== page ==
“The maximum election expenses to be incurred by a candidate at a Presidential election shall be N1billion. The maximum election expenses to be incurred by a candidate at a Governorship election shall be N200, 000.000. The maximum amount of election expenses to be incurred of Senatorial seat by a candidate at an election to the National Assembly shall be N40, 000.000, while the seat for House of Representative shall be N20, 000.000.In the case of State Assembly election, the maximum amount of election expenses to be incurred shall be N10, 000.000.”
Different groups emerged to milk the party system of funds. There was the case of a renowned party chieftain who converted his hotel suite in Abuja to a vault where money was stashed from wall to wall. Public officers seized the moment to tamper with funds under the guise of contributing their quota. It was also a season of betrayal as some party stalwarts, especially PDP, collected huge funds and later diverted such to personal use or defected to other parties.
During the countdown to the April 11 governorship poll, a PDP chieftain in the South-East had raised the alarm to forces in Abuja that the party was cash-strapped. A quickie N20million was raised but barely 24 hours after, the man abandoned the party after collecting what a source described as a “parting gift.”
The source said: “The struggle for personal benefits overshadowed the target of winning the election. Virtually everyone wanted to make money from the campaign as if there will be no tomorrow or as if we were going to lose at the poll. The President saw the gaps and decided to personally drive his own campaign but it was too late.”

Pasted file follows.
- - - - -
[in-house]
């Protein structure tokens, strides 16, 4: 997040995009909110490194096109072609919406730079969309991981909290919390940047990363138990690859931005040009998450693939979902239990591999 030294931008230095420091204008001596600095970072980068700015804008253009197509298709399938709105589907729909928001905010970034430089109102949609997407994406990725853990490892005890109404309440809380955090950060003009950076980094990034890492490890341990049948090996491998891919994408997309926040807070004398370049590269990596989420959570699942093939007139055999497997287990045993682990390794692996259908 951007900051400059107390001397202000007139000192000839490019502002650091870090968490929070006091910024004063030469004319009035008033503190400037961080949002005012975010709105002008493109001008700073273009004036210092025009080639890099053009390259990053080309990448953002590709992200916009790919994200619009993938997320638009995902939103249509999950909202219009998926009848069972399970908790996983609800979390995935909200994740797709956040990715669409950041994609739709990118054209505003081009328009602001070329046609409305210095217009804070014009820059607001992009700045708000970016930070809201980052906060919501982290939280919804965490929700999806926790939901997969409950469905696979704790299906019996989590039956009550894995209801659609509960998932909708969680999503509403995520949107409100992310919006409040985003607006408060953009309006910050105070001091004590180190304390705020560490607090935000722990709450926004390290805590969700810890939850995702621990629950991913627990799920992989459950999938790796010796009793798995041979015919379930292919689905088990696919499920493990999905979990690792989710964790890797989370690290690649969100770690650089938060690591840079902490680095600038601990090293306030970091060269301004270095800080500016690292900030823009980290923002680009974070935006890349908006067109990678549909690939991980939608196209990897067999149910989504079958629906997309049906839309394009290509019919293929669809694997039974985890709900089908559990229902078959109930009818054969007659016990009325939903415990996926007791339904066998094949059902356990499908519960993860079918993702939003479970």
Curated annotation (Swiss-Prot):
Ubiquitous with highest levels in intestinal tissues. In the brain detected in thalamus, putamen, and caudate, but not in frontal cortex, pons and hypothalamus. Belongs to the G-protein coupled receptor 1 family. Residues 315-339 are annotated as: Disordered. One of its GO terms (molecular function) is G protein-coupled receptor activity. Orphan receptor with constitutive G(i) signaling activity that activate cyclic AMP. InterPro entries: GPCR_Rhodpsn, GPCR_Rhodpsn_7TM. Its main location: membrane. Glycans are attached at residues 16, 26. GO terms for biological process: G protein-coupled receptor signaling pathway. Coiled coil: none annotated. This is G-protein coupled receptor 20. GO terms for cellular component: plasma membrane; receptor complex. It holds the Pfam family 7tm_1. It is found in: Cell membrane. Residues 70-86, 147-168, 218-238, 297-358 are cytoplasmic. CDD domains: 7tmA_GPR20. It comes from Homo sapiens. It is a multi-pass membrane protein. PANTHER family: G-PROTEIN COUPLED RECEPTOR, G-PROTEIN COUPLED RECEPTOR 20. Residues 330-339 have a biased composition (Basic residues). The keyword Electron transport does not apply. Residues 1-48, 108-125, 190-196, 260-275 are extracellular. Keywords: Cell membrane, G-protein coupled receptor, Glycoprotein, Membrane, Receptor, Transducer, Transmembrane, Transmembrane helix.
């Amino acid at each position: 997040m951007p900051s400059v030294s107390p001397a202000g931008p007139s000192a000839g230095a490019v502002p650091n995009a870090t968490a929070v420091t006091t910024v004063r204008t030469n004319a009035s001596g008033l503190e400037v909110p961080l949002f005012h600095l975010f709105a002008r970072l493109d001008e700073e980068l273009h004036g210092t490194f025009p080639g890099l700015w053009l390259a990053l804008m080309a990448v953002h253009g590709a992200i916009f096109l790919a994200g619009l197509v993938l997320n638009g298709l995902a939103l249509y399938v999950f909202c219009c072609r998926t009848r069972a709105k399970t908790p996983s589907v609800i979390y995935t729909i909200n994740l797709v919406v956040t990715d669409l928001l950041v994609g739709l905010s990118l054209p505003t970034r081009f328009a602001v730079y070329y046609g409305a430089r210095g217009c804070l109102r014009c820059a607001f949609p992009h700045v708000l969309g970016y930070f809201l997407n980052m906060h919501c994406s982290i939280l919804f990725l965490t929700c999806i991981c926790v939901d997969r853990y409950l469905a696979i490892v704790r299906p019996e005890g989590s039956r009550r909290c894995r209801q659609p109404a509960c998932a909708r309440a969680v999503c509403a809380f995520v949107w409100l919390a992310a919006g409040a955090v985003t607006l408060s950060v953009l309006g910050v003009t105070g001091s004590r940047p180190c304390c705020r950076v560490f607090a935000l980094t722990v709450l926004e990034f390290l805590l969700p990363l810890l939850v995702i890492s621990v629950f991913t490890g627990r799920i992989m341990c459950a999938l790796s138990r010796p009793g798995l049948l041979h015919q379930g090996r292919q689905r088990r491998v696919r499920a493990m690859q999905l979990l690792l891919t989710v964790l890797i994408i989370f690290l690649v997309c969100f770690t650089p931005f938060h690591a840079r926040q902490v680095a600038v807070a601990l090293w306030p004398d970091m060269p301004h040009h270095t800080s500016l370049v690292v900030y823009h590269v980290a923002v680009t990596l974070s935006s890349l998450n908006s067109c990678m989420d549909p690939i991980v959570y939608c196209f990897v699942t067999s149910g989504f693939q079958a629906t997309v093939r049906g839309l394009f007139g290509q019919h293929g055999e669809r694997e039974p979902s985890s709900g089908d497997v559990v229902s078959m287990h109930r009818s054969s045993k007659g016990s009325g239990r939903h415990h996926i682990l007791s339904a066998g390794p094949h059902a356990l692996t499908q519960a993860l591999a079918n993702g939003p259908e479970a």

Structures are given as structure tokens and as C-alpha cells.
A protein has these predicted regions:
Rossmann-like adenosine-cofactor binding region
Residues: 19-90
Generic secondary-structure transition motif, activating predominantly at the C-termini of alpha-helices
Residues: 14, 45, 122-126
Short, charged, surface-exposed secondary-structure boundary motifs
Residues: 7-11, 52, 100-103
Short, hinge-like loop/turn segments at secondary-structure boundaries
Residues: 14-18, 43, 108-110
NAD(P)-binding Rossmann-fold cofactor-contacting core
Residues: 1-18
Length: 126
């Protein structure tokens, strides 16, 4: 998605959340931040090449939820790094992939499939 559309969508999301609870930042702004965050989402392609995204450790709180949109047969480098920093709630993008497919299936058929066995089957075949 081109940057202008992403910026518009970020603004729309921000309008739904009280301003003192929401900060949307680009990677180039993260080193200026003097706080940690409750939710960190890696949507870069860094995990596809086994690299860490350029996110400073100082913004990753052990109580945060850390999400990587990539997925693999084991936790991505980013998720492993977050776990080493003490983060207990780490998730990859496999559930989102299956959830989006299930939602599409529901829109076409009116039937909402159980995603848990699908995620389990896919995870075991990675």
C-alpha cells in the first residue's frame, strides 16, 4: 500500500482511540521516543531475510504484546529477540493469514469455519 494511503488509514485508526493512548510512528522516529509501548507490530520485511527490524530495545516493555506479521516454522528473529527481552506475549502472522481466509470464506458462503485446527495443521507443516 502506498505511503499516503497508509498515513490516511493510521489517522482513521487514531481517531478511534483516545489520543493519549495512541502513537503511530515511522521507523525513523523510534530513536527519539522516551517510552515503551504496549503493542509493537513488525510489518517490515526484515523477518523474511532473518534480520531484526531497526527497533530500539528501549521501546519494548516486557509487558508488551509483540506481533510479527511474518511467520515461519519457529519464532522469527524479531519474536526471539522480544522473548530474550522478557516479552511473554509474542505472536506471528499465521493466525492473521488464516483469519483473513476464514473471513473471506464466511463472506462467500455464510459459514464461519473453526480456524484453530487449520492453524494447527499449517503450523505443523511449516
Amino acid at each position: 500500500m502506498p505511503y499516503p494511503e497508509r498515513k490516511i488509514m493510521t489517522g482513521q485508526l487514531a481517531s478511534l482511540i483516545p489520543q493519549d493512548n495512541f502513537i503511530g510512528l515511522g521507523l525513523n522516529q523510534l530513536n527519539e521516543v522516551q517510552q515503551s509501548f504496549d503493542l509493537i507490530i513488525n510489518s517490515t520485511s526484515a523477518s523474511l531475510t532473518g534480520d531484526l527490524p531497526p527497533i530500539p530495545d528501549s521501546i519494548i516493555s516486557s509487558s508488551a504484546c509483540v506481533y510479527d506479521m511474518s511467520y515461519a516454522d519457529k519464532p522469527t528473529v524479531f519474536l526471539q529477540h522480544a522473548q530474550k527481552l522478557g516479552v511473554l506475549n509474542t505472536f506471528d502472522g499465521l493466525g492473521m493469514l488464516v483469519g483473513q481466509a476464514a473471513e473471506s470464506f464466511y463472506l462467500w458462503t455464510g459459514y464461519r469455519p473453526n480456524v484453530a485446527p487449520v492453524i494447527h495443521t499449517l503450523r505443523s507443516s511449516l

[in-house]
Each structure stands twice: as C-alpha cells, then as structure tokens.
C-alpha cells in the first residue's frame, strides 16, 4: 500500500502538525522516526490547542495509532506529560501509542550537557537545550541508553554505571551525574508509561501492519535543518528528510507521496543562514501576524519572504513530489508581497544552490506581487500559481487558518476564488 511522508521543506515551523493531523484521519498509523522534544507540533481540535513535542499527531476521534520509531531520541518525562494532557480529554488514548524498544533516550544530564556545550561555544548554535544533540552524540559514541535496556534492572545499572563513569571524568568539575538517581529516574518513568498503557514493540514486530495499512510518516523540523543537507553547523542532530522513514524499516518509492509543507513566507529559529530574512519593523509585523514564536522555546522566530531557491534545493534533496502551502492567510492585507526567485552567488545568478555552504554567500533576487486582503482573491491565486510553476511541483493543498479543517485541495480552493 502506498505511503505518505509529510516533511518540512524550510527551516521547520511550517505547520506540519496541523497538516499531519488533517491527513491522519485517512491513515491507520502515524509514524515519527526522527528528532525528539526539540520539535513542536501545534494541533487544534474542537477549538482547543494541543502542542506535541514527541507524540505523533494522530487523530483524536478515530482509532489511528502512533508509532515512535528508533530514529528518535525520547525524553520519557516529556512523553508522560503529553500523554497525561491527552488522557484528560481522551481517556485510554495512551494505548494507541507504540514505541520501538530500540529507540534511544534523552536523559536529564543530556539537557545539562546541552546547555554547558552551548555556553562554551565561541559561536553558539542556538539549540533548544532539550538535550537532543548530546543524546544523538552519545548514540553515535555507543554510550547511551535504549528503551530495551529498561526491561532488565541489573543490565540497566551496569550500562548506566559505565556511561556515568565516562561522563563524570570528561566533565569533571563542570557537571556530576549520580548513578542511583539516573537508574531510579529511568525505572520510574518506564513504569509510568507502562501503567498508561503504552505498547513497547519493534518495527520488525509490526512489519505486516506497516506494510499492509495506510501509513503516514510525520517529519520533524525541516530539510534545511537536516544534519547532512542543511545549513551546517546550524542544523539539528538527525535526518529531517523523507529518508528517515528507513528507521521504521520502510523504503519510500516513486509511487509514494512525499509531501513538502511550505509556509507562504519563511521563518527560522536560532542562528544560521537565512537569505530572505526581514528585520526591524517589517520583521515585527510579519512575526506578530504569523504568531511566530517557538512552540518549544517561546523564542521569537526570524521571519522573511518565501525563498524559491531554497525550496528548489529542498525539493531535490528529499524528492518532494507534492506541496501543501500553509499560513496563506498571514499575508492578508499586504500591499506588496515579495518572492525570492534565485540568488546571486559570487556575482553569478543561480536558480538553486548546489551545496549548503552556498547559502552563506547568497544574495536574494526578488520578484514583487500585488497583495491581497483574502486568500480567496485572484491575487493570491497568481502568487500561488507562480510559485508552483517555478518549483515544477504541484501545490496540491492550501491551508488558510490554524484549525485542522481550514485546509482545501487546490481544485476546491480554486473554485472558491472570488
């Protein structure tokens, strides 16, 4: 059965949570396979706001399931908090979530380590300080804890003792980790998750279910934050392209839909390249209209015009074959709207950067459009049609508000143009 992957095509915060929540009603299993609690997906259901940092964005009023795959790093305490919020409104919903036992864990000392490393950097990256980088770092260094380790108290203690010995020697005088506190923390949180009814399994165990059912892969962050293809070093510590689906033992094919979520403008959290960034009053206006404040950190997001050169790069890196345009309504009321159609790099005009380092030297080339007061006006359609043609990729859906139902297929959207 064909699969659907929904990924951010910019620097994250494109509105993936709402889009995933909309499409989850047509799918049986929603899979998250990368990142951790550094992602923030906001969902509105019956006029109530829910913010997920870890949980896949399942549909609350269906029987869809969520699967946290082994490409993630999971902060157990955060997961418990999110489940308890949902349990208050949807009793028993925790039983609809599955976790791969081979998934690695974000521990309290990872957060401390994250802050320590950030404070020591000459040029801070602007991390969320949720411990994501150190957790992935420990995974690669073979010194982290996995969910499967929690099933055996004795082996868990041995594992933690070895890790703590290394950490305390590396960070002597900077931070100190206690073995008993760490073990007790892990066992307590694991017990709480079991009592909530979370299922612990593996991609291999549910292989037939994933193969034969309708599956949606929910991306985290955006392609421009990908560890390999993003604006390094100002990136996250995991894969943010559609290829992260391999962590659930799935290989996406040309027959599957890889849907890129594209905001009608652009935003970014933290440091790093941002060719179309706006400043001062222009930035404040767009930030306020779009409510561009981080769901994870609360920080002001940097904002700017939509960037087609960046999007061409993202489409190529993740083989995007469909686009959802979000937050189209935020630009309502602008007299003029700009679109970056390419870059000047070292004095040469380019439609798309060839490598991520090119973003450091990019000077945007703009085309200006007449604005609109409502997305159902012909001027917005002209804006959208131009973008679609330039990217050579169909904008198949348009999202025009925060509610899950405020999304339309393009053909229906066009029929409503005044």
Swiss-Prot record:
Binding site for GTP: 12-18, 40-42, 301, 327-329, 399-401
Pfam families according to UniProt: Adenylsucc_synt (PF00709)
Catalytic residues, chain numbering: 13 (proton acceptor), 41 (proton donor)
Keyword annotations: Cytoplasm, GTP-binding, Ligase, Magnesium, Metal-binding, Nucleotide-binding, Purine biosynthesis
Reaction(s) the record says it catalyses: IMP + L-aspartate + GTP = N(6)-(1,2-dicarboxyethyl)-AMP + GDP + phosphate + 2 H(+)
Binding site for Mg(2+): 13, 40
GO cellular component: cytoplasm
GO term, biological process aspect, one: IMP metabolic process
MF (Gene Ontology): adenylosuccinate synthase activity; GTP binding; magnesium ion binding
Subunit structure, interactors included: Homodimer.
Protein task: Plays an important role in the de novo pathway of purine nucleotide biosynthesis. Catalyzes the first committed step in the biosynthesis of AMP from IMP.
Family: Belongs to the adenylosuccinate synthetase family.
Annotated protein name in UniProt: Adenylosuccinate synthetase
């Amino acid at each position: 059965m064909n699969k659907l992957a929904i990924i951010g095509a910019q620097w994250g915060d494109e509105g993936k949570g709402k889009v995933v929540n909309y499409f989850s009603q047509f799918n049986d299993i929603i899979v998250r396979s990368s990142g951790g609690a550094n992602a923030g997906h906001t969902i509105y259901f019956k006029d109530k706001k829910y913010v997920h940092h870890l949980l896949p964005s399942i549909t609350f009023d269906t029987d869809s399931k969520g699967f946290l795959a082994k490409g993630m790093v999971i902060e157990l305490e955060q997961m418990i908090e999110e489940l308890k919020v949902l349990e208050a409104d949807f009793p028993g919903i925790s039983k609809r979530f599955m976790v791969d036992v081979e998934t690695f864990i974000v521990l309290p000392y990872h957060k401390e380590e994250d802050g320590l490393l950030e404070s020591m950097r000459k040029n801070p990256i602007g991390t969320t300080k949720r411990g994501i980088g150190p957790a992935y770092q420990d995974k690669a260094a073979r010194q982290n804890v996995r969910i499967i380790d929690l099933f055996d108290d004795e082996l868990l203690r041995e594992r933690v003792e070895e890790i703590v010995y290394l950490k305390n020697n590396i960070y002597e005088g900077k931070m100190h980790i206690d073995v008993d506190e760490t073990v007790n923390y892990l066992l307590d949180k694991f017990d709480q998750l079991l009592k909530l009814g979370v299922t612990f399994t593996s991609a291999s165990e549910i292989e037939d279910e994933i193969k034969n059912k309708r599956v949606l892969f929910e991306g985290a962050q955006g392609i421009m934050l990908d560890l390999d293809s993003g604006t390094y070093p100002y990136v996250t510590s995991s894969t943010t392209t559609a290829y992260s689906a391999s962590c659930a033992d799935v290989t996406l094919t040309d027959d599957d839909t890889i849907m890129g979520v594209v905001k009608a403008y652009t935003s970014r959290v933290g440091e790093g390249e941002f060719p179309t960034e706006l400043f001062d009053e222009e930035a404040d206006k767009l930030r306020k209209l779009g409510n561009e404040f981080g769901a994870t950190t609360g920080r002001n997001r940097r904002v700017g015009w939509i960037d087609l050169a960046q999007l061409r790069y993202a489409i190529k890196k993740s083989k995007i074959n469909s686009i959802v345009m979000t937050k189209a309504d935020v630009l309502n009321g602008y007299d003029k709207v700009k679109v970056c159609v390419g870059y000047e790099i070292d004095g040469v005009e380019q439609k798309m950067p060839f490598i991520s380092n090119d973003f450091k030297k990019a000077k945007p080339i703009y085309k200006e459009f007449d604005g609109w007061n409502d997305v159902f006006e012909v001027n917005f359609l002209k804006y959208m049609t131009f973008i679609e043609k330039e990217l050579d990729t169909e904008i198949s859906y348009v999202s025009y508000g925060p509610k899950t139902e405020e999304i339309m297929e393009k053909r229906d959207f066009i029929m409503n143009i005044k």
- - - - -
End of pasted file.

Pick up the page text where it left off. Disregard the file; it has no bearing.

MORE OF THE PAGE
It is not surprising that the Central Bank of Nigeria (CBN), which was helpless during the general election, has now limited foreign exchange withdrawal to $50,000 a year and $300 per day.
FIVE REASONS JONATHAN CONCEDED DEFEAT
Jonathan has been widely lauded for calling Buhari to concede defeat even before the final results were in. The reason most readily proferred for the action was the need to save the nation from the tension and violence that could have followed any attempt to contest the election’s outcome.
But were there other reasons? Findings indicate that there were five reasons why the President accepted defeat and they are: spiritual, loss of international goodwill, personal experience/ decision, obvious betrayal by some people and wise counsel from some aides he has respect for
A top source said from Rev. Fr. Ejike Mbaka of the Adoration Ground in Enugu to some other Christian clerics consulted in the inner recess of the Presidential Villa, there were signs that it was time for Jonathan to leave power although he might bounce back in the future. The source added: “I think he chose to tread the right path by heeding the spiritual voice. Some had argued for selfish reasons that he had been ordained to rule for second term but he opted for the lonely path.”
The betrayal by some PDP leaders, governors and members of the cabinet during the election was said to be emotionally challenging too for the President. Before the poll, it was learnt that his cabinet had split along North-South lines. Some governors, ministers and PDP leaders from the North were pretending to be for the President but they did not do anything practical to demonstrate this. Apart from the general and symbolic campaign at each state capital, most of the ministers from the North did not on their own mount the soap box to campaign for their boss. A minister said: “There was always this security fear of mob attack.”